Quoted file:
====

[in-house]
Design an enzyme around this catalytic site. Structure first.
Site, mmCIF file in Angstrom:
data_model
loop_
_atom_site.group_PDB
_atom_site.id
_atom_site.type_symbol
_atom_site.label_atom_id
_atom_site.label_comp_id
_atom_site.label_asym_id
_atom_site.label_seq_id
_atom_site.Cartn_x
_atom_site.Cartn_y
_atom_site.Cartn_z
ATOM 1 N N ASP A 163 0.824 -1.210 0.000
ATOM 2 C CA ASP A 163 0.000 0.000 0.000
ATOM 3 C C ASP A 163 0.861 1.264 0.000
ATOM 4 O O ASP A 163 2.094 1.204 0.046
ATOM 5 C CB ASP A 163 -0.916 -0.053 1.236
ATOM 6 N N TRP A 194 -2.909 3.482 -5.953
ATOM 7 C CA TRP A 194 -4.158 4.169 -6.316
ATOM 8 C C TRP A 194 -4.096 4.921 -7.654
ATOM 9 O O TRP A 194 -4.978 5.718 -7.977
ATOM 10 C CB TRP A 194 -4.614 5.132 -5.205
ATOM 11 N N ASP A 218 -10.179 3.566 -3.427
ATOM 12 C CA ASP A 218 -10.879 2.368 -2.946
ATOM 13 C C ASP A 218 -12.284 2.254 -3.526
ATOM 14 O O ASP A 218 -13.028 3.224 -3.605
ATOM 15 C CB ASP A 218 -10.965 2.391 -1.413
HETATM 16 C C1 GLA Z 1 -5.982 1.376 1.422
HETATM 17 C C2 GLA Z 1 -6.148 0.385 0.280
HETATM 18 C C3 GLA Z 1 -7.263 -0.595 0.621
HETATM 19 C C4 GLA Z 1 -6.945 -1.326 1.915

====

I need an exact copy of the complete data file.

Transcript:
[in-house]
Design an enzyme around this catalytic site. Structure first.
Site, mmCIF file in Angstrom:
data_model
loop_
_atom_site.group_PDB
_atom_site.id
_atom_site.type_symbol
_atom_site.label_atom_id
_atom_site.label_comp_id
_atom_site.label_asym_id
_atom_site.label_seq_id
_atom_site.Cartn_x
_atom_site.Cartn_y
_atom_site.Cartn_z
ATOM 1 N N ASP A 163 0.824 -1.210 0.000
ATOM 2 C CA ASP A 163 0.000 0.000 0.000
ATOM 3 C C ASP A 163 0.861 1.264 0.000
ATOM 4 O O ASP A 163 2.094 1.204 0.046
ATOM 5 C CB ASP A 163 -0.916 -0.053 1.236
ATOM 6 N N TRP A 194 -2.909 3.482 -5.953
ATOM 7 C CA TRP A 194 -4.158 4.169 -6.316
ATOM 8 C C TRP A 194 -4.096 4.921 -7.654
ATOM 9 O O TRP A 194 -4.978 5.718 -7.977
ATOM 10 C CB TRP A 194 -4.614 5.132 -5.205
ATOM 11 N N ASP A 218 -10.179 3.566 -3.427
ATOM 12 C CA ASP A 218 -10.879 2.368 -2.946
ATOM 13 C C ASP A 218 -12.284 2.254 -3.526
ATOM 14 O O ASP A 218 -13.028 3.224 -3.605
ATOM 15 C CB ASP A 218 -10.965 2.391 -1.413
HETATM 16 C C1 GLA Z 1 -5.982 1.376 1.422
HETATM 17 C C2 GLA Z 1 -6.148 0.385 0.280
HETATM 18 C C3 GLA Z 1 -7.263 -0.595 0.621
HETATM 19 C C4 GLA Z 1 -6.945 -1.326 1.915